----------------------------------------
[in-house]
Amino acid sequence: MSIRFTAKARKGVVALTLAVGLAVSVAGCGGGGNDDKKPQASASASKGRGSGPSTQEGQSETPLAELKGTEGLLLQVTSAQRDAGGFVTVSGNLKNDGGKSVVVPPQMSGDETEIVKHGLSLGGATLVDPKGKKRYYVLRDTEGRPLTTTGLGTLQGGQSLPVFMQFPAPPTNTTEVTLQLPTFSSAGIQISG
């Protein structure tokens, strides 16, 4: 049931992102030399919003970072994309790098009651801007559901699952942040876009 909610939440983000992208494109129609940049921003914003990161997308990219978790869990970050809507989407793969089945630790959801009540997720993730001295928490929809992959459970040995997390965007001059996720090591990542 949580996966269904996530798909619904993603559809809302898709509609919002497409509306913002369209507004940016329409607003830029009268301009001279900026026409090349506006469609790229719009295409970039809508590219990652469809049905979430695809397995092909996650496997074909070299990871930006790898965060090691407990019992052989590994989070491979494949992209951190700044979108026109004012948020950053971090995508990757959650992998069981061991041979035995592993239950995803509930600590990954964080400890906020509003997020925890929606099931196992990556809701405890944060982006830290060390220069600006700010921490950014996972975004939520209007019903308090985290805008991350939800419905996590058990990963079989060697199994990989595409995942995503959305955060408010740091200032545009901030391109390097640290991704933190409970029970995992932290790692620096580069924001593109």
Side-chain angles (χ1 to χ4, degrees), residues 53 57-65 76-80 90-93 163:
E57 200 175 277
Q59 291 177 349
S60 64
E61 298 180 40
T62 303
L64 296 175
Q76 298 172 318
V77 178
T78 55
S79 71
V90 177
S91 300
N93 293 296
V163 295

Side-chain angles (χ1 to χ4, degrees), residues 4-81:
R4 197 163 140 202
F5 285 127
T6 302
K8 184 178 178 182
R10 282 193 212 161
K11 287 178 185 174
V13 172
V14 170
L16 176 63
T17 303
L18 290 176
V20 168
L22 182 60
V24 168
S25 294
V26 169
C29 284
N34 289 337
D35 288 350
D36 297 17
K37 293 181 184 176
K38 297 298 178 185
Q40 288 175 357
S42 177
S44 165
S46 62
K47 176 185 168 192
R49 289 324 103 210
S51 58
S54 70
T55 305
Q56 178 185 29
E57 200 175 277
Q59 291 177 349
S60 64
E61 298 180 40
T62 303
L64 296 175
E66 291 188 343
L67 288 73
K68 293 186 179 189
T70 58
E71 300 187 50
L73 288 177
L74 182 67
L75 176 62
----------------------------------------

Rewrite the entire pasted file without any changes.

[in-house]
Amino acid sequence: MSIRFTAKARKGVVALTLAVGLAVSVAGCGGGGNDDKKPQASASASKGRGSGPSTQEGQSETPLAELKGTEGLLLQVTSAQRDAGGFVTVSGNLKNDGGKSVVVPPQMSGDETEIVKHGLSLGGATLVDPKGKKRYYVLRDTEGRPLTTTGLGTLQGGQSLPVFMQFPAPPTNTTEVTLQLPTFSSAGIQISG
């Protein structure tokens, strides 16, 4: 049931992102030399919003970072994309790098009651801007559901699952942040876009 909610939440983000992208494109129609940049921003914003990161997308990219978790869990970050809507989407793969089945630790959801009540997720993730001295928490929809992959459970040995997390965007001059996720090591990542 949580996966269904996530798909619904993603559809809302898709509609919002497409509306913002369209507004940016329409607003830029009268301009001279900026026409090349506006469609790229719009295409970039809508590219990652469809049905979430695809397995092909996650496997074909070299990871930006790898965060090691407990019992052989590994989070491979494949992209951190700044979108026109004012948020950053971090995508990757959650992998069981061991041979035995592993239950995803509930600590990954964080400890906020509003997020925890929606099931196992990556809701405890944060982006830290060390220069600006700010921490950014996972975004939520209007019903308090985290805008991350939800419905996590058990990963079989060697199994990989595409995942995503959305955060408010740091200032545009901030391109390097640290991704933190409970029970995992932290790692620096580069924001593109």
Side-chain angles (χ1 to χ4, degrees), residues 53 57-65 76-80 90-93 163:
E57 200 175 277
Q59 291 177 349
S60 64
E61 298 180 40
T62 303
L64 296 175
Q76 298 172 318
V77 178
T78 55
S79 71
V90 177
S91 300
N93 293 296
V163 295

Side-chain angles (χ1 to χ4, degrees), residues 4-81:
R4 197 163 140 202
F5 285 127
T6 302
K8 184 178 178 182
R10 282 193 212 161
K11 287 178 185 174
V13 172
V14 170
L16 176 63
T17 303
L18 290 176
V20 168
L22 182 60
V24 168
S25 294
V26 169
C29 284
N34 289 337
D35 288 350
D36 297 17
K37 293 181 184 176
K38 297 298 178 185
Q40 288 175 357
S42 177
S44 165
S46 62
K47 176 185 168 192
R49 289 324 103 210
S51 58
S54 70
T55 305
Q56 178 185 29
E57 200 175 277
Q59 291 177 349
S60 64
E61 298 180 40
T62 303
L64 296 175
E66 291 188 343
L67 288 73
K68 293 186 179 189
T70 58
E71 300 187 50
L73 288 177
L74 182 67
L75 176 62